Sign marks 1942 bus crash
Published 5:00 am Monday, June 30, 2008
CRYSTAL SPRINGS – Concerned citizens, interested passersby andthe few elderly who remember the noise and panic and splatteredblood of a train/bus wreck in downtown Crystal Springs in 1942squeezed into the shade of a single tree beside the railroad tracksat the same site Saturday morning to dedicate a historic markercommemorating the collision.
In the midst of the music, crafts and fellowship of the annualTomato Festival, the group gathered at the edge of the festivitiesand peeled off their sweaty hats in a prayer for the dead of 66years ago.
Even the southbound train that caused a pause in the ceremonyseemed reverent, blasting the crowd with its horn in shrill supportas it barely crept through downtown.
“This is our way of preserving this moment in history, eventhough it was a tragic moment,” said Copiah County Historical andGenealogical Society Secretary and Treasurer Dan Johnson.
The moment occurred around midday on Aug. 5, 1942, at thecrossing of the north/south railroad tracks and Marion Avenue, whena Greyhound bus was struck by a southbound Illinois Central Specialferrying troop toward the war.
Witnesses at the scene six decades ago described many littlehorrors – the bus being lifted into the air from the force of thecollision and rolling away for 50 yards, a fountain of metal debrisbursting in all directions and all 52 of the Greyhound passengersbeing ejected outward.
The accident resulted in the deaths of 15 people, with 43injured. A mad scramble involving any vehicle that could moveensued, as Crystal Springs residents and soldiers from the trainextracted broken bodies and loaded them for transport to Jacksonhospitals. They came from Crystal Springs, Hazlehurst andBrookhaven and other towns in Mississippi; and from Alabama to NewYork.
“This was a major accident involving people from all over thenation,” Johnson said. “It impacted not just our area, but severalareas in the country.”
Johnson said he is aware of only one woman, who is now 89 yearsold, who remembers direct involvement in the accident. Most of theothers have to pick their memories from all the others gathered inchildhood.
That, Johnson said, is why the historical society has pursuedthe commemoration of the site for more than one year.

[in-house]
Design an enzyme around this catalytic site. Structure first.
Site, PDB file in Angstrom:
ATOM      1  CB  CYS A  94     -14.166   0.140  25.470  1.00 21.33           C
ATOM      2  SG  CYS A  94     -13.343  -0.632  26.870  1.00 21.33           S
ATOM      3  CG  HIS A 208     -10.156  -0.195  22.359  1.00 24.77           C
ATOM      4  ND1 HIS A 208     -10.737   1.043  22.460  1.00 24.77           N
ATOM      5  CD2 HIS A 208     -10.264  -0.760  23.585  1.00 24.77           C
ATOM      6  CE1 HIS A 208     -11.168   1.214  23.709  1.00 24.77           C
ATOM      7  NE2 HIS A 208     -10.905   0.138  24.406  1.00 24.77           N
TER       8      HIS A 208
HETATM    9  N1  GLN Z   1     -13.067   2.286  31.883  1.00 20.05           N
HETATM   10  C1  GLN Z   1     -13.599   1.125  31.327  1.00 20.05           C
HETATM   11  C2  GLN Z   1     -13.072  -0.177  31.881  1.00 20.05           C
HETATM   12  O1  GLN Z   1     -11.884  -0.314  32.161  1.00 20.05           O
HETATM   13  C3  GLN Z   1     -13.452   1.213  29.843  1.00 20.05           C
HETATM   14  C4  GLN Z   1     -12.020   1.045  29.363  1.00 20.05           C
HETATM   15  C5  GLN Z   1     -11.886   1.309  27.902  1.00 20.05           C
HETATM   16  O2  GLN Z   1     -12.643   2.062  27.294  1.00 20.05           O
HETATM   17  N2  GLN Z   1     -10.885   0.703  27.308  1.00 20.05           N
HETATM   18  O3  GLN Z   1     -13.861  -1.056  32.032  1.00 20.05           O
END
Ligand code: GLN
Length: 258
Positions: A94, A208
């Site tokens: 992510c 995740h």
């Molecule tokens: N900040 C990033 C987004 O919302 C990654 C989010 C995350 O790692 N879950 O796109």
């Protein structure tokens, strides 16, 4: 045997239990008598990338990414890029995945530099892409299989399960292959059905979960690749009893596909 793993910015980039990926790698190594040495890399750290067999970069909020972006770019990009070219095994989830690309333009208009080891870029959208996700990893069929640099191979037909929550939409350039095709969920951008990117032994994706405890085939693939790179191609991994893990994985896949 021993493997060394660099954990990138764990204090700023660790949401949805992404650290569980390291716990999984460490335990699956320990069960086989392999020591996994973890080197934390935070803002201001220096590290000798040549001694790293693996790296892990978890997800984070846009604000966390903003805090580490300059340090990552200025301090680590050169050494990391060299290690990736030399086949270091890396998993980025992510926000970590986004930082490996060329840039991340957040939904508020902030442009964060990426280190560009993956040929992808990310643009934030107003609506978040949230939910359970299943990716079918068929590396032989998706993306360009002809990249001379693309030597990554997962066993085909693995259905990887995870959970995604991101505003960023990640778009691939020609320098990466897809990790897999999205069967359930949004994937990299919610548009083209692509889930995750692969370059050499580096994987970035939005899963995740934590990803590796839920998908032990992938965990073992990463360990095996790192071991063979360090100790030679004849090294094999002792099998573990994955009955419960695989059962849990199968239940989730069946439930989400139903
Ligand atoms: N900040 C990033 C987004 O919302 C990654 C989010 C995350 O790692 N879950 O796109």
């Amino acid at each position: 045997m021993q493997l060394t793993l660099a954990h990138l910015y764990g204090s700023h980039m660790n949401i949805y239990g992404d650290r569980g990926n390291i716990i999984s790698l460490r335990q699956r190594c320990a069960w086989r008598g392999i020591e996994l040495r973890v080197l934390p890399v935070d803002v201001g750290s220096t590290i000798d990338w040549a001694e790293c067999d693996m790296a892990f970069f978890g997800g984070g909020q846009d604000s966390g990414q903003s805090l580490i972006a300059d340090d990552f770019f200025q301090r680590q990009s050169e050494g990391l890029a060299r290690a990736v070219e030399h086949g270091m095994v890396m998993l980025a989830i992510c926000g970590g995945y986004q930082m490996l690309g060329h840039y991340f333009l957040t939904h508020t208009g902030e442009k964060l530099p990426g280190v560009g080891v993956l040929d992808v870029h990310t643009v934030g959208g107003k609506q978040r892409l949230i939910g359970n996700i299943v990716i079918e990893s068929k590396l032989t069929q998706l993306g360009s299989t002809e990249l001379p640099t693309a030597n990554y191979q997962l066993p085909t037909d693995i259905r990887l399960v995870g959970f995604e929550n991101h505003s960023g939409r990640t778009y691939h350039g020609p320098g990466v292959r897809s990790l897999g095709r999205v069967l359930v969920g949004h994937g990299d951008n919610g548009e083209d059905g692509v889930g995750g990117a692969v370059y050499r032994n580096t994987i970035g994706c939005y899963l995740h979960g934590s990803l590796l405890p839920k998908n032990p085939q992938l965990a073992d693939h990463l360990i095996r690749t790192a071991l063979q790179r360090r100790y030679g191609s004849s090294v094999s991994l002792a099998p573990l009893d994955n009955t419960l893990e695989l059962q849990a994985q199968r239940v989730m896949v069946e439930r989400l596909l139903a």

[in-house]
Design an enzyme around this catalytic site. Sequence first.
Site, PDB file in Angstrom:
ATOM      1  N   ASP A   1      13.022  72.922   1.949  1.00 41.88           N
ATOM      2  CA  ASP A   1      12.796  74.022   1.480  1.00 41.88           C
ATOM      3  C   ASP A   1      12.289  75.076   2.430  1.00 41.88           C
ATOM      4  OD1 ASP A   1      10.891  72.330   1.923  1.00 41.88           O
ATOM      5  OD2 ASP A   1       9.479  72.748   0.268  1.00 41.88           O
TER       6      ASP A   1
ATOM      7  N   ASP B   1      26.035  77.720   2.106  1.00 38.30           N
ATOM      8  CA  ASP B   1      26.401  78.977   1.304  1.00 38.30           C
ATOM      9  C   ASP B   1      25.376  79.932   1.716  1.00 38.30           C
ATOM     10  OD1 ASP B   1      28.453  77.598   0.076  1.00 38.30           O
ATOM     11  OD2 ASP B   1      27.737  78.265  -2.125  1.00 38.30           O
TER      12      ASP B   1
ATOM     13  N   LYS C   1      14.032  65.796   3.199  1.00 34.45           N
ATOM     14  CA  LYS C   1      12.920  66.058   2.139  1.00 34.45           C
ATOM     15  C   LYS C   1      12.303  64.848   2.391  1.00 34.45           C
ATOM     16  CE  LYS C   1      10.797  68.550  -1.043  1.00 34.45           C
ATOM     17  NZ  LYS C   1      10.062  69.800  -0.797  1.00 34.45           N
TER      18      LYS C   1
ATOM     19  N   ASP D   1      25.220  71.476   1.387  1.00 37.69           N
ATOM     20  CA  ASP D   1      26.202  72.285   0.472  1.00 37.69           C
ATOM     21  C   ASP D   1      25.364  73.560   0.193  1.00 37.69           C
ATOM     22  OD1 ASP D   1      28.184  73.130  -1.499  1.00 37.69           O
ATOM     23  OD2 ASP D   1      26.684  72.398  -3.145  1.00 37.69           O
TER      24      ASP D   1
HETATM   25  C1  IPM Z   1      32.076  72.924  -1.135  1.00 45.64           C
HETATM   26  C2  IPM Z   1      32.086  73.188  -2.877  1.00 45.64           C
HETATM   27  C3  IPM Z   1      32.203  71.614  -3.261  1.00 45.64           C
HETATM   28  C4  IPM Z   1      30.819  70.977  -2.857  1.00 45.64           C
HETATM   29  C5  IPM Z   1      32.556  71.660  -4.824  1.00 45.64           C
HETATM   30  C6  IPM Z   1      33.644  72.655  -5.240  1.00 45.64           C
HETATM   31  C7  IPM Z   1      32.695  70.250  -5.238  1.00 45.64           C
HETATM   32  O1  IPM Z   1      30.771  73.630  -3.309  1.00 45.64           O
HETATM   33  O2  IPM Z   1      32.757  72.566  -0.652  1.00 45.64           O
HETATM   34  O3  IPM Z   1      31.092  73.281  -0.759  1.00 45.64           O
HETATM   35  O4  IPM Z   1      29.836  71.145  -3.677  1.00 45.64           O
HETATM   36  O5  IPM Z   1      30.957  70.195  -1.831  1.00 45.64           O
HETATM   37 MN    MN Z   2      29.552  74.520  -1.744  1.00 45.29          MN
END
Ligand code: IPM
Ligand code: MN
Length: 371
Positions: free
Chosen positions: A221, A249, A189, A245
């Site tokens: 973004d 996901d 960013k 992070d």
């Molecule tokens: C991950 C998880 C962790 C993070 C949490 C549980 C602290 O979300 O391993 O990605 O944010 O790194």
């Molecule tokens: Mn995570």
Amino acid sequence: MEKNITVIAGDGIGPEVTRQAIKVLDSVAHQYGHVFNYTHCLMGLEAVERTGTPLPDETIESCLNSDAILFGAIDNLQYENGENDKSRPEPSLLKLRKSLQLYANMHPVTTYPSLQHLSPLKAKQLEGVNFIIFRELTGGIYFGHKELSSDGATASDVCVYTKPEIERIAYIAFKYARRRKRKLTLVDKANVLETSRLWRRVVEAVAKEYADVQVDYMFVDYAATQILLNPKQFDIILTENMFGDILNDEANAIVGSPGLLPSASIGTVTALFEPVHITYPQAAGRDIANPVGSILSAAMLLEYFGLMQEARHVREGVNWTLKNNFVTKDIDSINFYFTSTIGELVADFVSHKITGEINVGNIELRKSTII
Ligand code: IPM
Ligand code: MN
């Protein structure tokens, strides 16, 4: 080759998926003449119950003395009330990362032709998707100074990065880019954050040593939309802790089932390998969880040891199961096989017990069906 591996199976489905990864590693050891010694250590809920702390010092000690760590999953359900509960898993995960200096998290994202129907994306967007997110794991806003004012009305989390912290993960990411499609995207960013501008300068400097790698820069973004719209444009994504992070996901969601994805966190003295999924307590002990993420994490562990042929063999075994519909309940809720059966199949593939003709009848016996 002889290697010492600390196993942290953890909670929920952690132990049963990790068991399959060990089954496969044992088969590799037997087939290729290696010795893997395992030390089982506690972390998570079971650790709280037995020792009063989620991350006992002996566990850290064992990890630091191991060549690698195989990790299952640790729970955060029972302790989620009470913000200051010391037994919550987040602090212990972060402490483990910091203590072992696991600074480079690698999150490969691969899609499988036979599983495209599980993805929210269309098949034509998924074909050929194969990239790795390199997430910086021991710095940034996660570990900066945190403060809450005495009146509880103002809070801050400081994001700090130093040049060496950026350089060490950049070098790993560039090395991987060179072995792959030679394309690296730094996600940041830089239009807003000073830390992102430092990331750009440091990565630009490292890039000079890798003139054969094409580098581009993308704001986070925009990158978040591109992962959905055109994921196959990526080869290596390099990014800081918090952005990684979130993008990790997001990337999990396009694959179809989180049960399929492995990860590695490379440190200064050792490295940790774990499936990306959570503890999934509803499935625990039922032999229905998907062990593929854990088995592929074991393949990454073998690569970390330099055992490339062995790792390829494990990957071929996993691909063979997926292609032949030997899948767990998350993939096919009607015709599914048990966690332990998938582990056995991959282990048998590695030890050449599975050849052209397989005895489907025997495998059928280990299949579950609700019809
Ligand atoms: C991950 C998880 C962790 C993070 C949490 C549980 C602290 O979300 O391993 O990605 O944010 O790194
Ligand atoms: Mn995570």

“This happened 66 years ago – people who were children thenmaybe still remember, but most of the adults have passed away,”Johnson said. “Most of the younger people have no idea, and we feltlike they needed to know.”
Johnson said tremendous preparation went into securing thehistorical marker. Efforts began in April 2007, he said, andincluded the submission of a “very detailed” package of informationto the Mississippi Department of Archives and History. Thedepartment to sign off on the fact that the occasion warranted ahistorical marker, approve of the marker and its text, Johnsonsaid.
One month ago on Tuesday, May 27, as Johnson and the historicalsociety were making final preparations for the dedication of themarker, an Amtrak train plowed into a garbage truck in CrystalSprings and reminded the society why they were following through onthe marker.
“It was kind of eerie,” Johnson said. “Right in the middle ofplanning for this – it gave us a flashback of what this must havebeen like. And just like they did in 1942, the community really gotbehind the people in the train wreck. Our residents came out to thepassengers and brought them food and water and made themcomfortable while Amtrak made arrangements to get them out ofCrystal Springs.”
Apparently, the spirit of 1942 is infused in modern day CrystalSprings.
“We still have a good number of people who remember it,” saidhistorical society president Tricia
Nelson-Easley. “We still have a few senior citizens whowitnessed it; who saw it, heard the crash and helped out. Theystill know. That’s why it was important for us to do it now, whilewe still have those people. So many are gone.”
Nelson-Easley said the marker was also dedicated for those whocome to Crystal Springs to breathe in memory.
“There are a lot of people who research their genealogy now,”she said. “When they come to Crystal Springs to see where therelatives died, and we have nothing here – we felt like we owed itto these people.”